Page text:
Therefore, if you want to project the “plan of peace and not evil” and God’s bestowal of “good things” to the future, then that would be through His Son, Jesus Christ. It would be the ability to continue on to eternal life after we die here. We can metaphorically relate this world we live in to Babylonian captivity and the release is when we pass from this life to the next. It still has nothing to do with us prospering materially, but prospering spiritually, into a new life beyond anything we can comprehend here.

To say that God’s promise to the tribe of Judah is meant for us to prosper materially, financially, vocationally, and however else it is described, would be to pit the Father against the Son. Christ didn’t come teaching us that we would be materially prosperous or rich beyond our needs, but He came and taught us that the world would hate us, that it is practically impossible for the rich to inherit eternal life, that the poor and the meek and the humble would inherit the kingdom of God.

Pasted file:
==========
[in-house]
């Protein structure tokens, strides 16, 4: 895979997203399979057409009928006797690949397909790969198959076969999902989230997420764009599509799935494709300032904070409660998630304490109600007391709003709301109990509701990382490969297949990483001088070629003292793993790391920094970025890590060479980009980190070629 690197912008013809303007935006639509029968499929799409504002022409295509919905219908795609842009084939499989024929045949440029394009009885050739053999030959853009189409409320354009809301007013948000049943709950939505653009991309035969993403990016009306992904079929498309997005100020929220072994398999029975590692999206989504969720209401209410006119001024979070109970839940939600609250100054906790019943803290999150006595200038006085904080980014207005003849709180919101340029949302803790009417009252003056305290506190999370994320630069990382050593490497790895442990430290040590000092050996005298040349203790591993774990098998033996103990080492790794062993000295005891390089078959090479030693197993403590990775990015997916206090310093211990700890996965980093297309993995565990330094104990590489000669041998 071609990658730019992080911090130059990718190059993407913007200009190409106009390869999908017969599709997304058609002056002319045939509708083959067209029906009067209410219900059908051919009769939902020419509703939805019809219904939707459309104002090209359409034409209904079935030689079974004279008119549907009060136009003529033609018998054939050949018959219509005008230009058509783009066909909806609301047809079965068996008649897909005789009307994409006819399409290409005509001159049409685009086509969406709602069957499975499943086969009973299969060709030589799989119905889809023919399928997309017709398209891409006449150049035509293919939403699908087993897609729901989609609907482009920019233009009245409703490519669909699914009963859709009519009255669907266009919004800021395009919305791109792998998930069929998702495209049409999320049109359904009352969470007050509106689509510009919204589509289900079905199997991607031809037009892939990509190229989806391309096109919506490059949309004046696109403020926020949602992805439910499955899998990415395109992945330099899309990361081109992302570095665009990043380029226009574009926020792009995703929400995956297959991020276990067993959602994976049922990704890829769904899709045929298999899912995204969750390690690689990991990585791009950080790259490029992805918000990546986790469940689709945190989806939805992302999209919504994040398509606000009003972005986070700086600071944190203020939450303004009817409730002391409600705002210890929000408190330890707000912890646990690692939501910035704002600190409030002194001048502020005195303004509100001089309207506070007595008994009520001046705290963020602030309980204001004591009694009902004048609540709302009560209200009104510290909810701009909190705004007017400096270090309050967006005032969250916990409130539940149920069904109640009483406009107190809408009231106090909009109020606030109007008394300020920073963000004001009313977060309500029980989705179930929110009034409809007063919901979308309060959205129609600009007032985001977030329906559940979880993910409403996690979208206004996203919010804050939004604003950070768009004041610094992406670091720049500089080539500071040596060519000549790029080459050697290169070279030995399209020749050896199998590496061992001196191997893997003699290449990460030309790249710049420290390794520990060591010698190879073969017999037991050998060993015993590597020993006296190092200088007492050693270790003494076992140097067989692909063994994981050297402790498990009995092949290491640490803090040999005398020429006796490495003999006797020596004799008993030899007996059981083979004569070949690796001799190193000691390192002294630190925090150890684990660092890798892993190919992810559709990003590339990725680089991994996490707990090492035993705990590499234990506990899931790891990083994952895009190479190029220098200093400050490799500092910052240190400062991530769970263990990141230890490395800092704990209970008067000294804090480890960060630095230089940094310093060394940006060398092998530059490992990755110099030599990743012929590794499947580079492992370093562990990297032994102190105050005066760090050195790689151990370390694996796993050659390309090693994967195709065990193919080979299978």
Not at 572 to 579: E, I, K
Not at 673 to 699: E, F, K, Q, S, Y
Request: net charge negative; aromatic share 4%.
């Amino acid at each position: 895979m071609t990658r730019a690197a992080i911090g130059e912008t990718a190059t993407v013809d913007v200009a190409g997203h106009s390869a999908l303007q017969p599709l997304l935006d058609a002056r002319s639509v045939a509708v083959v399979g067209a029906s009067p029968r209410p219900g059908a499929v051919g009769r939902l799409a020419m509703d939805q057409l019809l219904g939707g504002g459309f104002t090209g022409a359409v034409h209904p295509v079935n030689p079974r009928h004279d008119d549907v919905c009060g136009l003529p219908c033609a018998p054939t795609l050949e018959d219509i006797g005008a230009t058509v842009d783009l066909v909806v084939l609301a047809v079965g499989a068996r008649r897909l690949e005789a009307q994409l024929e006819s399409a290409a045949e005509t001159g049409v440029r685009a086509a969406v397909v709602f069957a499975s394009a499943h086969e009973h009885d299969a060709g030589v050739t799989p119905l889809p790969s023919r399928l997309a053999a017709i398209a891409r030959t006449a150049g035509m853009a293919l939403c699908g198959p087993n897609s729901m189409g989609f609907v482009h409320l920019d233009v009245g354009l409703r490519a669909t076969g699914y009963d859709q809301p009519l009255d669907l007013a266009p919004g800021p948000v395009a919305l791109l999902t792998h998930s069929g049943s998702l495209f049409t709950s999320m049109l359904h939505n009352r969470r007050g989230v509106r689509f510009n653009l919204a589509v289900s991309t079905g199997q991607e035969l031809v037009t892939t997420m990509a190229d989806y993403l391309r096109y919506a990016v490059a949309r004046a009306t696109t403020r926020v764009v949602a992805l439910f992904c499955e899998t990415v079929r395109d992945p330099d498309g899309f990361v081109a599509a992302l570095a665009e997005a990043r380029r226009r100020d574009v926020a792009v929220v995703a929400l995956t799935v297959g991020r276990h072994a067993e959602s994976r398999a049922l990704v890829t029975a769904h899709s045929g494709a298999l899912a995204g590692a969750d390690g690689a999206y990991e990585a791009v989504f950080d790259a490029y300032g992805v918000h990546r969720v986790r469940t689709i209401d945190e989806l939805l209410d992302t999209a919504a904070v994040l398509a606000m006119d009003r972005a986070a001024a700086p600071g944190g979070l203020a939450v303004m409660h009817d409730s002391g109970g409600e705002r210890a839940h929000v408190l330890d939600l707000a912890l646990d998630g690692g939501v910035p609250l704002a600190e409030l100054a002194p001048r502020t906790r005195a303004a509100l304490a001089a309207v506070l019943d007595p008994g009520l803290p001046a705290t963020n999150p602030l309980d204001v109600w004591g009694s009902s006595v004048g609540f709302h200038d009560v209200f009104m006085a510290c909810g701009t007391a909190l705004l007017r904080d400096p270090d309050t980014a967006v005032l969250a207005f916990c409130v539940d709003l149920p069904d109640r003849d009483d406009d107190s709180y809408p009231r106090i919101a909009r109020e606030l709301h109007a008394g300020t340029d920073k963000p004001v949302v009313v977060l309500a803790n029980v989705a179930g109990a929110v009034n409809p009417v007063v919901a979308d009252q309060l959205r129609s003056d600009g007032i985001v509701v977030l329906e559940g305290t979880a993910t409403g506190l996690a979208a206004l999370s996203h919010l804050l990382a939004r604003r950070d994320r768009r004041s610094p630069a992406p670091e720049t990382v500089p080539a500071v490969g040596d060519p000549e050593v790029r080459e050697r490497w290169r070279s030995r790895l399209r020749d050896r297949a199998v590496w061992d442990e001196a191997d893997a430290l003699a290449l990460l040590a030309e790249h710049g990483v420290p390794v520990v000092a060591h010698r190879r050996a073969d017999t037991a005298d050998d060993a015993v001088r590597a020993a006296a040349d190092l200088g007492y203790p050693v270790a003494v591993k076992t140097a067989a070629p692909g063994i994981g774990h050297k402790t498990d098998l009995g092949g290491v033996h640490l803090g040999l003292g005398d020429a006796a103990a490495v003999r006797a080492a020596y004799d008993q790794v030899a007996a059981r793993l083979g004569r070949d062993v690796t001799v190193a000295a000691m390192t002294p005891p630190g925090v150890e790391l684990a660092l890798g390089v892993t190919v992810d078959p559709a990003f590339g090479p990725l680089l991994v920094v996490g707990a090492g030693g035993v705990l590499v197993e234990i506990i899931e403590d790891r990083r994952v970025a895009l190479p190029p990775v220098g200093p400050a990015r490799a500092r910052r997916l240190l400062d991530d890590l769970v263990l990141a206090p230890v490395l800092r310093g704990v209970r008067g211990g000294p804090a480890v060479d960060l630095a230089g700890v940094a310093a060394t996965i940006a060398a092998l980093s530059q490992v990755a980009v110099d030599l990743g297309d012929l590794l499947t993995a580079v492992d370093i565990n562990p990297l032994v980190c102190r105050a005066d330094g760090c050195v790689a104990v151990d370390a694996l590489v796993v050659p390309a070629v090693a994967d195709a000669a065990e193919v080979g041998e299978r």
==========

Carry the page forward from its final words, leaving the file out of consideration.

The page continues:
Think about the lives of the earliest, most devoted followers of Christ (i.e. Paul, the Twelve, the Early Church Fathers, etc.). They weren’t materially prosperous, but they sold everything they had to give to those in need: “Nor was there anyone needy among them; for all who were owners of lands or houses were selling them, and were bringing the proceeds of the things which had been sold, and were placing them beside the feet of the apostles; and they were distributing to each, to the degree that anyone had need” (Acts 4:34-35). Not only that, but they were constantly persecuted and most of them were martyred for Christ. If that is a plan of “peace and good things and not calamities” as spoken in Jeremiah, then I would have to say that God is a liar. However, we know that isn’t the case as God is holy, perfect, pure, and full of truth. Therefore, we can see that the prosperity described in Jeremiah isn’t what most today make it out to be.